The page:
In 2019, the IWC published a report based on group interviews and surveys with 50 workers in Montreal warehouses and distribution centres, including Dollarama facilities. The report decried “a business model within the logistics sector that is based on the hyper-exploitation of a work force largely composed of migrants.” It found that nearly a quarter of warehouse workers throughout Montreal have suffered injuries at work. The majority of these workers are given zero sick days, and nearly 40 per cent received no health and safety training at work, according to the same report. It also states that “almost 60 per cent of workers said they were paid less than a permanent worker doing the same job. 10 per cent were paid under minimum wage, 16.5 per cent worked more than full time, and almost half said they did not have proper safety equipment or sufficient training.”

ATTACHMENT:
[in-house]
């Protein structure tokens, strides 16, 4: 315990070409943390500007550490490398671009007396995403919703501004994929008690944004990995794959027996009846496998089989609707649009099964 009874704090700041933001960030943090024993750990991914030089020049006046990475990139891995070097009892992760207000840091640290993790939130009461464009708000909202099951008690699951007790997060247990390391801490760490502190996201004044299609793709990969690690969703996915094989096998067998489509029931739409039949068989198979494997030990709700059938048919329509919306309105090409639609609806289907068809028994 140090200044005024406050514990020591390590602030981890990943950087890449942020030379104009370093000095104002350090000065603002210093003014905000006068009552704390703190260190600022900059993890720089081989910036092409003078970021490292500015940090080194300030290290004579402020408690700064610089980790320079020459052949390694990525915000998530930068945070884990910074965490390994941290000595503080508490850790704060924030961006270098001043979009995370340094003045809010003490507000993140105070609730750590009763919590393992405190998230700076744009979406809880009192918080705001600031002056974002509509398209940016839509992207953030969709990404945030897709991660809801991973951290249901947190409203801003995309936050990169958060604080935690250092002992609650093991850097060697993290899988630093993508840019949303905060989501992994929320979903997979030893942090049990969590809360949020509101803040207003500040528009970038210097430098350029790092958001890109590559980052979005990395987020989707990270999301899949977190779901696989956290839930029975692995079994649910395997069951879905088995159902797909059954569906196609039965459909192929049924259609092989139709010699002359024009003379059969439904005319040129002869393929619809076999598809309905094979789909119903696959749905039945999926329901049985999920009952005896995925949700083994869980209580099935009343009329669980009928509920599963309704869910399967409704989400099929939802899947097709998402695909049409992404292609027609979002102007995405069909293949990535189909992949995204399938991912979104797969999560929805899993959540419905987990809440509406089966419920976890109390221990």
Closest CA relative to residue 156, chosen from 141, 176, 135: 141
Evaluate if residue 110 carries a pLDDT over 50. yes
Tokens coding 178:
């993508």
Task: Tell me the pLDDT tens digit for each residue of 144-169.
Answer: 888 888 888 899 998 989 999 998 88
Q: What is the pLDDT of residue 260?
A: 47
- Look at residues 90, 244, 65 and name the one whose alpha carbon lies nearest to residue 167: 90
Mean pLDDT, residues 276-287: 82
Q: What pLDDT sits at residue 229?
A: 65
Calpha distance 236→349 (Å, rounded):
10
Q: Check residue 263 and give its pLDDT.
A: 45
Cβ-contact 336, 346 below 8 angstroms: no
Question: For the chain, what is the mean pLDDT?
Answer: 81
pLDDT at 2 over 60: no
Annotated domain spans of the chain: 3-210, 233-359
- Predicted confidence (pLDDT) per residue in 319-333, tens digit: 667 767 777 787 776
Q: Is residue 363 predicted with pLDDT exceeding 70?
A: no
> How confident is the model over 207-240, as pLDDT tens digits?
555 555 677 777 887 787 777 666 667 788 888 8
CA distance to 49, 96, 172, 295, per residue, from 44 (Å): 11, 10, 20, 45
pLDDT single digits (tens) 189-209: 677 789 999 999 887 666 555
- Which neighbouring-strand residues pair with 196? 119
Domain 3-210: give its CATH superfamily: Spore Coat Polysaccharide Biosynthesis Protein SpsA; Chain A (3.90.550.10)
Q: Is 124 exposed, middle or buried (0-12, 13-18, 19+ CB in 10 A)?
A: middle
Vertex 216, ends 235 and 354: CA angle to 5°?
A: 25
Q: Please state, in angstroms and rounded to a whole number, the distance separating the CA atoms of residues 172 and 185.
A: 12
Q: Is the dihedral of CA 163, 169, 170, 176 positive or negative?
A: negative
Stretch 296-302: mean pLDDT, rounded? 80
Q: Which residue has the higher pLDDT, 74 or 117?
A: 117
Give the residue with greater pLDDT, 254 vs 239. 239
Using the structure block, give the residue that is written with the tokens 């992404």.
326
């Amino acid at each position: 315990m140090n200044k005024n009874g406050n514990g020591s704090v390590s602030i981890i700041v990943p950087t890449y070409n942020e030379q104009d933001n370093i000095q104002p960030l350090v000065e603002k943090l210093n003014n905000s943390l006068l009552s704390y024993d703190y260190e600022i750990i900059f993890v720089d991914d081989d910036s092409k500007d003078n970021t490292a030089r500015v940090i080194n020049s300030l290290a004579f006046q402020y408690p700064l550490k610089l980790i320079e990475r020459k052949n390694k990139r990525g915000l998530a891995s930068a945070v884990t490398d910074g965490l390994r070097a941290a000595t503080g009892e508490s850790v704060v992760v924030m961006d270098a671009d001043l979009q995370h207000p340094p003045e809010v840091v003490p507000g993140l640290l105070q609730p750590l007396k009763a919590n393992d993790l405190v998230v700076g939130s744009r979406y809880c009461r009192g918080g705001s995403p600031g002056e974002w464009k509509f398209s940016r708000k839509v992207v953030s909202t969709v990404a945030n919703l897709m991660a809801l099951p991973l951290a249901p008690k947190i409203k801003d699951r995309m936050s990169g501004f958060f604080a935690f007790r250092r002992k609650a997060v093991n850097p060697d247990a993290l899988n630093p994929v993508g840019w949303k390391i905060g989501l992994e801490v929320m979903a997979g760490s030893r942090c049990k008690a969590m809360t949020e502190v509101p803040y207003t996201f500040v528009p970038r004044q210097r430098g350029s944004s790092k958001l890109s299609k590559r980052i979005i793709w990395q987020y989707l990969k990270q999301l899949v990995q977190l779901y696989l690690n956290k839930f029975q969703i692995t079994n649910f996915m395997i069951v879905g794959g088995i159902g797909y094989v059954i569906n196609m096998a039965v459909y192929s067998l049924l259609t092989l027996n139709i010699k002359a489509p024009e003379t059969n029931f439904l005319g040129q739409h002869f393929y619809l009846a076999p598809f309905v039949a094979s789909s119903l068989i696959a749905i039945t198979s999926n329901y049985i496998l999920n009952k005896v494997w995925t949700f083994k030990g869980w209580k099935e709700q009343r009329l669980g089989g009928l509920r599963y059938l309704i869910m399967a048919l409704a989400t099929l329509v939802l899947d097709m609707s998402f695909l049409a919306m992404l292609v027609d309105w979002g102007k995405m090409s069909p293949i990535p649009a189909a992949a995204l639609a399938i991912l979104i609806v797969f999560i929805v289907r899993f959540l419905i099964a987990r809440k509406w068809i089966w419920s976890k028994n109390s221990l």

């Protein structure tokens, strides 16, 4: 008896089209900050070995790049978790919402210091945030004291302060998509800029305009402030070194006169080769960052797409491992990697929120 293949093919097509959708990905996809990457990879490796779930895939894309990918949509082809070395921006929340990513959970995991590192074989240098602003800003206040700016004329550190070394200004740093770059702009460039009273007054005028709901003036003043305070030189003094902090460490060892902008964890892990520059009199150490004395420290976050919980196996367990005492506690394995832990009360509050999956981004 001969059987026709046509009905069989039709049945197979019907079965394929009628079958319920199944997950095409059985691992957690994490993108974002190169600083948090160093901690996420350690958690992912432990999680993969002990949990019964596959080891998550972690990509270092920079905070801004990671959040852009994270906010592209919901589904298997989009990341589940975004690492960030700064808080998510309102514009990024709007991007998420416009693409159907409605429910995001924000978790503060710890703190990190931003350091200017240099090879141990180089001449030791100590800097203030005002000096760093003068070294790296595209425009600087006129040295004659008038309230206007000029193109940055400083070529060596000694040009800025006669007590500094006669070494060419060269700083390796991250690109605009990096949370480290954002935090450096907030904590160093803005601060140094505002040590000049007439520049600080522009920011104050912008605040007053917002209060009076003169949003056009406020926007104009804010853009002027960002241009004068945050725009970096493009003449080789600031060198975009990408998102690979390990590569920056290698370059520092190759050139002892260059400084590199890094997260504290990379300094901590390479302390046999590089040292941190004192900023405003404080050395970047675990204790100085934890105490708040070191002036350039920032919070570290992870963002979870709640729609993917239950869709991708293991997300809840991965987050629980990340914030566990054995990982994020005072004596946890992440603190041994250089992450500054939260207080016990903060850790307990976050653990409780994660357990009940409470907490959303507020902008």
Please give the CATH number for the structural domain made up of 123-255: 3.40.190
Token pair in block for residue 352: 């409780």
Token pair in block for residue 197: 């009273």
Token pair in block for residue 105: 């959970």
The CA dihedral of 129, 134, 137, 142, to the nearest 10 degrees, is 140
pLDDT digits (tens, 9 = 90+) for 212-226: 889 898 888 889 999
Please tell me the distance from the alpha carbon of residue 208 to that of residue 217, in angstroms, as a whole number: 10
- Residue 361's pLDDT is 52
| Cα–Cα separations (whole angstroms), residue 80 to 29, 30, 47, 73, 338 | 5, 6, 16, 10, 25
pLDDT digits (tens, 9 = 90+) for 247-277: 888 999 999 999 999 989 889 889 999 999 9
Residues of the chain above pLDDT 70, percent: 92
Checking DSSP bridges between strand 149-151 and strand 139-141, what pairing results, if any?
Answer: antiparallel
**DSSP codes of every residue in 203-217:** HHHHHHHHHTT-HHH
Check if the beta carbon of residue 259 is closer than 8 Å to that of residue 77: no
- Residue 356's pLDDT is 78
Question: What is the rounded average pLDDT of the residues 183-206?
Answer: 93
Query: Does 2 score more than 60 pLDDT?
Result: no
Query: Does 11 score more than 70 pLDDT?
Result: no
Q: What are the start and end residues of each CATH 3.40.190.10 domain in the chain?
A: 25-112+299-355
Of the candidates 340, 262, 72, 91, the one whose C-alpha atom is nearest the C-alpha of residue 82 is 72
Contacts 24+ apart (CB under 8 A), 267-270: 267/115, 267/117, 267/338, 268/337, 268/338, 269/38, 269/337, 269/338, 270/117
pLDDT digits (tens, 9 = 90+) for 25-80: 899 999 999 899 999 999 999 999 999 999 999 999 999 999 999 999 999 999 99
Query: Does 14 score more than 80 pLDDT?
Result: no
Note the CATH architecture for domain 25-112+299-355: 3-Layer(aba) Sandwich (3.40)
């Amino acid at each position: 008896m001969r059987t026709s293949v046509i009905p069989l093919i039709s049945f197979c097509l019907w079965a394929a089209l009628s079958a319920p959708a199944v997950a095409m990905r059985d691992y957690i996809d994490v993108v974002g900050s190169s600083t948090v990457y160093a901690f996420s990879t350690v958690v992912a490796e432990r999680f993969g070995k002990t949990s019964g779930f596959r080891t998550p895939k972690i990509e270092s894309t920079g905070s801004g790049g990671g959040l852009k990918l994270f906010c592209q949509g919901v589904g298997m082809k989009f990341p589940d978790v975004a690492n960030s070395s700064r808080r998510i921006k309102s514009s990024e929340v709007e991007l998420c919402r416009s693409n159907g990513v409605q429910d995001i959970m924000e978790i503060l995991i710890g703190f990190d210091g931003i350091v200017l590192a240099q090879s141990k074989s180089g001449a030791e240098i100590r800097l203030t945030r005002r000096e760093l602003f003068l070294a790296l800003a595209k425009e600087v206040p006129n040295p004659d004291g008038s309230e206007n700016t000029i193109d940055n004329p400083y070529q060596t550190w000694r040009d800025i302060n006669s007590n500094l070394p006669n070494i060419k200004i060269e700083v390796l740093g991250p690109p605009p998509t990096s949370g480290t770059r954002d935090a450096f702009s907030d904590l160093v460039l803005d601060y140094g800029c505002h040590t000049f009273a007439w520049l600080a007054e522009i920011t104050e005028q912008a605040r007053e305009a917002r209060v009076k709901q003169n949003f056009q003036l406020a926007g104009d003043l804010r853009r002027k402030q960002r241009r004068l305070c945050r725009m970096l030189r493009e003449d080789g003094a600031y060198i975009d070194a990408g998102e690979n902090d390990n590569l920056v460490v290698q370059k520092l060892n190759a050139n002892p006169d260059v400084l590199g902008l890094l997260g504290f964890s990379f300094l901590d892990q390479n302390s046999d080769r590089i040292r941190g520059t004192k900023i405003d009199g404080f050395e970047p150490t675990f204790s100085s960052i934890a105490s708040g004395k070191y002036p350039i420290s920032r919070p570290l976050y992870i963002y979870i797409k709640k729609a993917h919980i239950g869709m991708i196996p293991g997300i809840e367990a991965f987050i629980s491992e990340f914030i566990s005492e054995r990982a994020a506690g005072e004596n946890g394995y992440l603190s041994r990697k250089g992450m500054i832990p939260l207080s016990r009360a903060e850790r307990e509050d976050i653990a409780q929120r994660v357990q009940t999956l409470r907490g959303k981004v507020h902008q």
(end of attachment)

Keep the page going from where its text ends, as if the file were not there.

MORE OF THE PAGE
Mohammed Barry, campaigner for Guinean refugee rights and former Dollarama worker.
Photo by Philippe Teixeira St-Cyr.
The role of temporary placement agencies
Former warehouse workers like Barry argue that temporary placement agencies aggravate many of the issues within this system – they act as the official employers of many warehouse workers, thus allowing Dollarama to avoid providing them with proper benefits or protection. According to Jon Milton writing for Ricochet, “such an arrangement makes for extremely high turnover, and makes organizing into unions nearly impossible from a legal standpoint.” Henaway emphasizes that “90 per cent of people [that] work through agencies, it’s their first job in Quebec, they’re refugee claimants or failed refugee claimants that could be deported, all of that stress makes it difficult to organize.”
According to labour organizers like Henaway, this lack of labour protections has not only devastated Dollarama workers’ health and safety, but also their freedom to protest for better conditions. In the beginning of the summer, Henaway said that “workers were fired for speaking up against the conditions in the Dollarama warehouse,” or even for signalling that there were Covid-19 outbreaks inside the warehouse.